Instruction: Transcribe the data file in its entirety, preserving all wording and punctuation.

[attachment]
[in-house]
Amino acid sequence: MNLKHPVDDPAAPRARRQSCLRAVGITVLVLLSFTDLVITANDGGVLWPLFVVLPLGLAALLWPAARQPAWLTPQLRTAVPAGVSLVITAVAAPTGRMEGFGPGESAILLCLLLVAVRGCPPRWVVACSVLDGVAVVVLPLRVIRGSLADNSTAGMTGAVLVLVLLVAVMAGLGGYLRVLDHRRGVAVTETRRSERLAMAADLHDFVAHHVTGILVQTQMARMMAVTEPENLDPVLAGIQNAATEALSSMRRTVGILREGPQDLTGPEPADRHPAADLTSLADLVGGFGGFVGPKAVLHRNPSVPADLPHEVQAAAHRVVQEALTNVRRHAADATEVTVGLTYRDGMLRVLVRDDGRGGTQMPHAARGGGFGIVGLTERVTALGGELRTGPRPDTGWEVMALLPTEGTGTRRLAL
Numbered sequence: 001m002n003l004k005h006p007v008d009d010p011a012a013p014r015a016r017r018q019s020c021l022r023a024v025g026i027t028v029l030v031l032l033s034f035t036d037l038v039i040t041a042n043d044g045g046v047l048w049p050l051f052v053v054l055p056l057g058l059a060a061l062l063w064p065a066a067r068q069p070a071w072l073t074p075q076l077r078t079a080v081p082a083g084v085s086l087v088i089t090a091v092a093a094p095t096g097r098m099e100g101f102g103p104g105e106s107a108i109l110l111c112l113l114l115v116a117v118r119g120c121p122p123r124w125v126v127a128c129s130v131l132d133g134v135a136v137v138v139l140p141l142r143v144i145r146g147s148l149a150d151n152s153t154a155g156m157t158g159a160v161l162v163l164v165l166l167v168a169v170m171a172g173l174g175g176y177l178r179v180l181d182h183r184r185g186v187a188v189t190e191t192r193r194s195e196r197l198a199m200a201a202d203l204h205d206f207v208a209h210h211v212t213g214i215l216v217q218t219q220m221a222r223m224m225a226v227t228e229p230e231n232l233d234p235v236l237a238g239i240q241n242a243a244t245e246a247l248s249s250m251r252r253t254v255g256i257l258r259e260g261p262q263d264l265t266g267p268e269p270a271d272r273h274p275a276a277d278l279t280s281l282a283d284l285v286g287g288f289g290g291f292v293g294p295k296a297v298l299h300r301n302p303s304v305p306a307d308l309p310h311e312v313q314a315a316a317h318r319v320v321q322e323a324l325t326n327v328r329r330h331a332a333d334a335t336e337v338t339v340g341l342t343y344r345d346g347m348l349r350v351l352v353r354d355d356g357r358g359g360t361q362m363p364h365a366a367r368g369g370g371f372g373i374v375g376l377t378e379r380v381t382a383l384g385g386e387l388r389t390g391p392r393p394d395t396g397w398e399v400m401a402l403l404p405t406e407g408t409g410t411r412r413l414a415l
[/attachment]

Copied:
[in-house]
Amino acid sequence: MNLKHPVDDPAAPRARRQSCLRAVGITVLVLLSFTDLVITANDGGVLWPLFVVLPLGLAALLWPAARQPAWLTPQLRTAVPAGVSLVITAVAAPTGRMEGFGPGESAILLCLLLVAVRGCPPRWVVACSVLDGVAVVVLPLRVIRGSLADNSTAGMTGAVLVLVLLVAVMAGLGGYLRVLDHRRGVAVTETRRSERLAMAADLHDFVAHHVTGILVQTQMARMMAVTEPENLDPVLAGIQNAATEALSSMRRTVGILREGPQDLTGPEPADRHPAADLTSLADLVGGFGGFVGPKAVLHRNPSVPADLPHEVQAAAHRVVQEALTNVRRHAADATEVTVGLTYRDGMLRVLVRDDGRGGTQMPHAARGGGFGIVGLTERVTALGGELRTGPRPDTGWEVMALLPTEGTGTRRLAL
Numbered sequence: 001m002n003l004k005h006p007v008d009d010p011a012a013p014r015a016r017r018q019s020c021l022r023a024v025g026i027t028v029l030v031l032l033s034f035t036d037l038v039i040t041a042n043d044g045g046v047l048w049p050l051f052v053v054l055p056l057g058l059a060a061l062l063w064p065a066a067r068q069p070a071w072l073t074p075q076l077r078t079a080v081p082a083g084v085s086l087v088i089t090a091v092a093a094p095t096g097r098m099e100g101f102g103p104g105e106s107a108i109l110l111c112l113l114l115v116a117v118r119g120c121p122p123r124w125v126v127a128c129s130v131l132d133g134v135a136v137v138v139l140p141l142r143v144i145r146g147s148l149a150d151n152s153t154a155g156m157t158g159a160v161l162v163l164v165l166l167v168a169v170m171a172g173l174g175g176y177l178r179v180l181d182h183r184r185g186v187a188v189t190e191t192r193r194s195e196r197l198a199m200a201a202d203l204h205d206f207v208a209h210h211v212t213g214i215l216v217q218t219q220m221a222r223m224m225a226v227t228e229p230e231n232l233d234p235v236l237a238g239i240q241n242a243a244t245e246a247l248s249s250m251r252r253t254v255g256i257l258r259e260g261p262q263d264l265t266g267p268e269p270a271d272r273h274p275a276a277d278l279t280s281l282a283d284l285v286g287g288f289g290g291f292v293g294p295k296a297v298l299h300r301n302p303s304v305p306a307d308l309p310h311e312v313q314a315a316a317h318r319v320v321q322e323a324l325t326n327v328r329r330h331a332a333d334a335t336e337v338t339v340g341l342t343y344r345d346g347m348l349r350v351l352v353r354d355d356g357r358g359g360t361q362m363p364h365a366a367r368g369g370g371f372g373i374v375g376l377t378e379r380v381t382a383l384g385g386e387l388r389t390g391p392r393p394d395t396g397w398e399v400m401a402l403l404p405t406e407g408t409g410t411r412r413l414a415l